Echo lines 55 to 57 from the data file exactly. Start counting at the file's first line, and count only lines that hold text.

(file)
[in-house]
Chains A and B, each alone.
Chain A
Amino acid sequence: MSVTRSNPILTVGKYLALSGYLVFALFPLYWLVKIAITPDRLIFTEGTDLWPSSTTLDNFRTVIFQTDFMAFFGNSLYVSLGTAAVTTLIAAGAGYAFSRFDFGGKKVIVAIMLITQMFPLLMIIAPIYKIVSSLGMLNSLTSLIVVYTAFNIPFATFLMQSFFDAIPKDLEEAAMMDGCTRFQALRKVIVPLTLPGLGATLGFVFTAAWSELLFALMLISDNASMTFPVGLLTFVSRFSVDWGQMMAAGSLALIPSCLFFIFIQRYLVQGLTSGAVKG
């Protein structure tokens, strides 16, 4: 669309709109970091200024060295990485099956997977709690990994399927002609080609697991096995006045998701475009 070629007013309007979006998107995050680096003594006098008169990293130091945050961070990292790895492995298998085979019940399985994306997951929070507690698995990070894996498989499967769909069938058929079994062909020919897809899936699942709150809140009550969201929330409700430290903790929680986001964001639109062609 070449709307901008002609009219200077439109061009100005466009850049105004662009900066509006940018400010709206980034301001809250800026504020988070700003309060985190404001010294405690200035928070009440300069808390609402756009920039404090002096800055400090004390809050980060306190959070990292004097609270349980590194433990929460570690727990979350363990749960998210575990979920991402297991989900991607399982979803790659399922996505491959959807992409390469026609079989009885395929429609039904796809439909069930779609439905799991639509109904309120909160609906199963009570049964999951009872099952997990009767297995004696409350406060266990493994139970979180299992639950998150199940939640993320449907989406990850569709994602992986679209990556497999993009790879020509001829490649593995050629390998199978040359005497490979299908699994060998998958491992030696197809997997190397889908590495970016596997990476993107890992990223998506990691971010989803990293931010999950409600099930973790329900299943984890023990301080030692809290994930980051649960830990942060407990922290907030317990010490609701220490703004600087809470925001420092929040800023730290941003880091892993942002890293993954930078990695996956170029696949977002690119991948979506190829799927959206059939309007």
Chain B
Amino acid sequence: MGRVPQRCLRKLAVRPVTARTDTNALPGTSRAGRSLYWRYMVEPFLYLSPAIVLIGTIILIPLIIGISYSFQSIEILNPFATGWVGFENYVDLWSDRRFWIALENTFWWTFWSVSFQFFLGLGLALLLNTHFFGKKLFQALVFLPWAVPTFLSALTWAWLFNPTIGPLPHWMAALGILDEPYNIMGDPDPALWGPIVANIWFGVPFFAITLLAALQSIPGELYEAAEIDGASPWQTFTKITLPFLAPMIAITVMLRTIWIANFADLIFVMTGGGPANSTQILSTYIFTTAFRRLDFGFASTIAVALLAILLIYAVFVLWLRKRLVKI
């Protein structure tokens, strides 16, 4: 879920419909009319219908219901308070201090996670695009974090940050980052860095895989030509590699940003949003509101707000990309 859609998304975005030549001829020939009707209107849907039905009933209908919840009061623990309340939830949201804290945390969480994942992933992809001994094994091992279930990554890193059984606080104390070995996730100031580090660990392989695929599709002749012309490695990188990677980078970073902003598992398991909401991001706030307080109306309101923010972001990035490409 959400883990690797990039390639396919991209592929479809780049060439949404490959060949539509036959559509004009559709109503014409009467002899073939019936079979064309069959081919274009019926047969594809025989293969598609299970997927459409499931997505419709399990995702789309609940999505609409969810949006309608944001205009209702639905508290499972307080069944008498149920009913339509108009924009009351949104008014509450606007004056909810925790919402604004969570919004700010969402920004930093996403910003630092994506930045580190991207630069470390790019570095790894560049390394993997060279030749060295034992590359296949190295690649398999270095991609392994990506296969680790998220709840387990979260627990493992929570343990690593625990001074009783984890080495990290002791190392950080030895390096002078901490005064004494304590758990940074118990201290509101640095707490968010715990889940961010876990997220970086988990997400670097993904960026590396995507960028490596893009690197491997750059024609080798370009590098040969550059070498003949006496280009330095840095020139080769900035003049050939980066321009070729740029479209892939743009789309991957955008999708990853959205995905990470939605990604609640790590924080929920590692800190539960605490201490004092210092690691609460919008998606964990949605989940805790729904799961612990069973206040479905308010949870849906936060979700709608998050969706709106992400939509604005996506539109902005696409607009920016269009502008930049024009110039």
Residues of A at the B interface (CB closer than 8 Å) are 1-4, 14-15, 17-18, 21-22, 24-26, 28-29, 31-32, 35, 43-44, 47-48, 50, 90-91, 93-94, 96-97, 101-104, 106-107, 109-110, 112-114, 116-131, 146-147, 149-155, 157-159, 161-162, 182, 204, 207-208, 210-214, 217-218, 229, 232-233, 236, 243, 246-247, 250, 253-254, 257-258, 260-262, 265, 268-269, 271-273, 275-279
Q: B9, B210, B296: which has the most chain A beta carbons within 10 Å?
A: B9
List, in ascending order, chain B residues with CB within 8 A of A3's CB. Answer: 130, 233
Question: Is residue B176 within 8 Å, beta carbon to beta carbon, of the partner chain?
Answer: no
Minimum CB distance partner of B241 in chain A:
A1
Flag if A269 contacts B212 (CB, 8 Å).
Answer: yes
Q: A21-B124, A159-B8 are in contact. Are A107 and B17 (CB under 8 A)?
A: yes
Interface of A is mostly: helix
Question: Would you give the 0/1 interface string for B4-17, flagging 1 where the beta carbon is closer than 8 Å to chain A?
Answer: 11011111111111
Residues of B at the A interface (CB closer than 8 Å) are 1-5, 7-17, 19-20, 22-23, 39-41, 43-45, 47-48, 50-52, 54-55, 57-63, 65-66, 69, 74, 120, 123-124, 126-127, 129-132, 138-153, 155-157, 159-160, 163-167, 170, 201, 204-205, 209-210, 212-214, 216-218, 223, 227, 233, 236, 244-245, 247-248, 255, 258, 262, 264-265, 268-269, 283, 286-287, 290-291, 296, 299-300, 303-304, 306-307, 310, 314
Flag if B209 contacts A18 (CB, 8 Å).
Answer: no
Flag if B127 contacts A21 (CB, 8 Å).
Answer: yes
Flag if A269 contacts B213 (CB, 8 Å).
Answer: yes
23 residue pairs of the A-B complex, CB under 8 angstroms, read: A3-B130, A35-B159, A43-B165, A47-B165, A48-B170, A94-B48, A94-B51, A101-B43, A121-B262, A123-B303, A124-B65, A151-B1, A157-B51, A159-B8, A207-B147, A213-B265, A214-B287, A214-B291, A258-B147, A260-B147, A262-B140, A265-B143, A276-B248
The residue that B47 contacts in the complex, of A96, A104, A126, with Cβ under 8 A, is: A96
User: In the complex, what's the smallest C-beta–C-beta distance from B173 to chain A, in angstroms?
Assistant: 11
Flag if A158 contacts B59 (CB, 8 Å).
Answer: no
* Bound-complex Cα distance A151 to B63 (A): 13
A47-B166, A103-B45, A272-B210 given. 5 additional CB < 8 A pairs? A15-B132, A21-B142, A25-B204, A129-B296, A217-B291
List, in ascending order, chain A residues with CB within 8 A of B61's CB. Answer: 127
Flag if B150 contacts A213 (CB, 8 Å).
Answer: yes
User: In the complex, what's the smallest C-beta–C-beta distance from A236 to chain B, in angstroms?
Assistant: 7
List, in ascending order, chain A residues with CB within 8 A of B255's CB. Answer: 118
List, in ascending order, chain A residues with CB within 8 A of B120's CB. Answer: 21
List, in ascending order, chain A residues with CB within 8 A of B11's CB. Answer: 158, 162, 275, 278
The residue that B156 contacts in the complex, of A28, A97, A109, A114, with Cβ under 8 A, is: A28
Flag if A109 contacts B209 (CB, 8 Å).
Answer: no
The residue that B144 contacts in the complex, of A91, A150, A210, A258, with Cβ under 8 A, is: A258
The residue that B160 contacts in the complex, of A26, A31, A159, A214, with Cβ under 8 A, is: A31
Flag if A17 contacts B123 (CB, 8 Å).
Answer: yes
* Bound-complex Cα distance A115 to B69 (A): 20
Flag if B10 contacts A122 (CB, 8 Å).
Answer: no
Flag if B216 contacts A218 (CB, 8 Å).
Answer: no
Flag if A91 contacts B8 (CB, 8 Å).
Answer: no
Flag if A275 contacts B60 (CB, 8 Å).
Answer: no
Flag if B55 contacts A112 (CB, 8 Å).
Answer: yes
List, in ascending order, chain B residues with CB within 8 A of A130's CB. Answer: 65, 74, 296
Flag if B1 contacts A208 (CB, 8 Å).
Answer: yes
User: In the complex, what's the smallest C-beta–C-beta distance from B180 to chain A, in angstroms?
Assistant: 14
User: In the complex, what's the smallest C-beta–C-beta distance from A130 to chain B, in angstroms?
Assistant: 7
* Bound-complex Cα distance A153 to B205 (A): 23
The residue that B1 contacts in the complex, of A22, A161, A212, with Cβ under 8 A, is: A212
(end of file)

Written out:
Flag if B10 contacts A122 (CB, 8 Å).
Answer: no
Flag if B216 contacts A218 (CB, 8 Å).